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Spoon River Bard

ISSUE:  Winter 2002

Edgar Lee Masters: A Biography, By Herbert K. Russell. University of Illinois Press. $39.95.

Turn to the Edgar Lee Masters entry in Bartlett’s Familiar Quotations (I happen to be looking at the 14th edition, published in 1968, the centennial anniversary of Masters’s birth), and you will find brief quotations from five poems that originally appeared in the poet’s most famous work, Spoon River Anthology (1915). Only one poem, “Anne Rutledge,” contributes two different quotations, the first consisting of two lines that open this famous twelve-line epitaph (“Out of me unworthy and unknown / The vibrations of deathless music”) and the second bearing the annunciation at the core of Rutledge’s posthumous monologue: “I am Anne Rutledge who sleep beneath these weeds, / Beloved in life of Abraham Lincoln.” If I were editing the next edition of Bartlett’s and did not have to worry about space, I would include the following two lines as well: “Wedded to him, not through union, / But through separation.”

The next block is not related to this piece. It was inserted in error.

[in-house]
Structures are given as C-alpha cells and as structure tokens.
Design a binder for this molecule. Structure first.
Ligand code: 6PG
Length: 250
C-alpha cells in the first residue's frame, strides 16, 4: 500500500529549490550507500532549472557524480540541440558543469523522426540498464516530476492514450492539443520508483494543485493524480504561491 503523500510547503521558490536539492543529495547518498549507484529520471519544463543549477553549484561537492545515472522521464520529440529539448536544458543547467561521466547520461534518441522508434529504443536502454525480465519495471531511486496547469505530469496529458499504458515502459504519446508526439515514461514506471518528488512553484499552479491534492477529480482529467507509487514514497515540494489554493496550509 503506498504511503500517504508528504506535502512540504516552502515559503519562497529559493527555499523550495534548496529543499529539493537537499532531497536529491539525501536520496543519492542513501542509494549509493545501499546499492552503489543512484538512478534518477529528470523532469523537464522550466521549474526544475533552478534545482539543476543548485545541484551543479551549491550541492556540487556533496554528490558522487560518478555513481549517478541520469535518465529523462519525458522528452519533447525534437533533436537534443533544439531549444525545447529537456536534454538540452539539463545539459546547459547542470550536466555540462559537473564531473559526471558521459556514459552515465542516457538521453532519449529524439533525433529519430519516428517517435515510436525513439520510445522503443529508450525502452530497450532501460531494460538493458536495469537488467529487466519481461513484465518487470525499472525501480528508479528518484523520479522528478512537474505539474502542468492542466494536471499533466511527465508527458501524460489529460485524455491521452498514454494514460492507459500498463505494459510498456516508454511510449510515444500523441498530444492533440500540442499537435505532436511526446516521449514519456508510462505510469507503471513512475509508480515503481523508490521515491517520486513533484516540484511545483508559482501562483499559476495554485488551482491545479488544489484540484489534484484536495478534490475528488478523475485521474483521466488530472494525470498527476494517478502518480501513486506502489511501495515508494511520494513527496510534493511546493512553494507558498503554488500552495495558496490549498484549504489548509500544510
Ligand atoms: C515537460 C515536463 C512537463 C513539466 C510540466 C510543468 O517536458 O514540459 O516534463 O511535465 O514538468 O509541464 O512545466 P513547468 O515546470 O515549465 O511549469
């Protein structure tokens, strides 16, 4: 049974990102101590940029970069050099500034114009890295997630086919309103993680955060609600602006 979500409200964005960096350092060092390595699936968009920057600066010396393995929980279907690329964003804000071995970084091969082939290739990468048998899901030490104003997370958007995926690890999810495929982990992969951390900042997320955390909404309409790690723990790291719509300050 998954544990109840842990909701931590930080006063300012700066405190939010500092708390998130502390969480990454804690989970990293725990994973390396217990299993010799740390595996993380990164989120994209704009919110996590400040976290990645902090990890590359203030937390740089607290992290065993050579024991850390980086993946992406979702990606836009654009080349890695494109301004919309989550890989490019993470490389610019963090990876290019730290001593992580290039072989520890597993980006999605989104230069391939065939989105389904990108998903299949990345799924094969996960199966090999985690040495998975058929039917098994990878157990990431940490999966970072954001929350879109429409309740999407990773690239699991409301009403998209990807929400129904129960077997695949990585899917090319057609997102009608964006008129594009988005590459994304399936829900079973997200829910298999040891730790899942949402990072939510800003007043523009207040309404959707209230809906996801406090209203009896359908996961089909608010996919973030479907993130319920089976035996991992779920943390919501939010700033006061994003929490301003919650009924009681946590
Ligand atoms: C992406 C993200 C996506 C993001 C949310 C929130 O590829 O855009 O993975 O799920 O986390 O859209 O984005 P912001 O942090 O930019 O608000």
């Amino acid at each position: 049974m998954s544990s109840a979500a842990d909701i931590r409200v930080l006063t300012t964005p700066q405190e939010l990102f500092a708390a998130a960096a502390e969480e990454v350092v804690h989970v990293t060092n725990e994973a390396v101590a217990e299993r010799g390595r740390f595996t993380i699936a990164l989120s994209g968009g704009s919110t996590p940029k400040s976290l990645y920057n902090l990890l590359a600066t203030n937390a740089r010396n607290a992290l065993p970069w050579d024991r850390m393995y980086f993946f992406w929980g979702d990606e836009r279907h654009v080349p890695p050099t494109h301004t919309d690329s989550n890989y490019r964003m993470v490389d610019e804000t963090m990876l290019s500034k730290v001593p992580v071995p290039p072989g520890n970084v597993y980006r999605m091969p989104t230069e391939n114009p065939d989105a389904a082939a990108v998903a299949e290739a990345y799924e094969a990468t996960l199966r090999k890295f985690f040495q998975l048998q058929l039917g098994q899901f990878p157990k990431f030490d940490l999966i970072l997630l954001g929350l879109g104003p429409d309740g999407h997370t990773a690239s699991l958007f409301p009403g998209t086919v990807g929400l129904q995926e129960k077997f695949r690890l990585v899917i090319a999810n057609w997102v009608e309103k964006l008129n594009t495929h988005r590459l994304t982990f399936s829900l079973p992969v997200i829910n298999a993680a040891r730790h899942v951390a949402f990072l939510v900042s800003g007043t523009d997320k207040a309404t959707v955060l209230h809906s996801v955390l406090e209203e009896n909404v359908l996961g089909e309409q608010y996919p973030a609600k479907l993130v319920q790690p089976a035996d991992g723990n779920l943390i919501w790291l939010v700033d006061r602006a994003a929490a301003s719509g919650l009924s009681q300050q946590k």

As it turns out, Masters’s own grave—he died in 1950 at the age of 81—lies a mere 40 paces from that of Ann Rutledge, to whose first name Masters added the e. On Rutledge’s large gravestone the Petersburg, Illinois, municipal authorities had all 12 lines of Masters’s epitaph inscribed in 1921. As Herbert K. Russell comments in his sympathetic, balanced, judicious, authoritative, and readable biography, “It is this poem that people were most likely to read during Masters’s lifetime, and it will no doubt remain popular.” Faced with one of the best-known poems from Masters’s most popular book, a 21st-century reader can appraise, whether on first reading or rereading, the achievement of his distinctive style and the qualities of his deathless music. Although Masters wrote plenty of verse in meter and rhyme, the poet of Spoon River made the American reading public aware of free verse as no 20th-century poet had yet managed to do. Like Whitman, whom he admired and about whom he wrote an unsuccessful biography published in 1937, Masters tended to honor the syntactic integrity of his lines, avoiding the disruptive enjambments William Carlos Williams would develop and leave to later writers as his legacy. One can still feel in the lines from “Anne Rutledge,” for example, the stately pacing of strong stresses, which give the verse much of its elegiac quality and distinguish it from the everyday colloquialness of Williams and others. One can also hear in the end words unknown-millions-nation-Lincoln-union-separation the faint threads of rhyme, which helps make this particular poem more sonorous and memorable.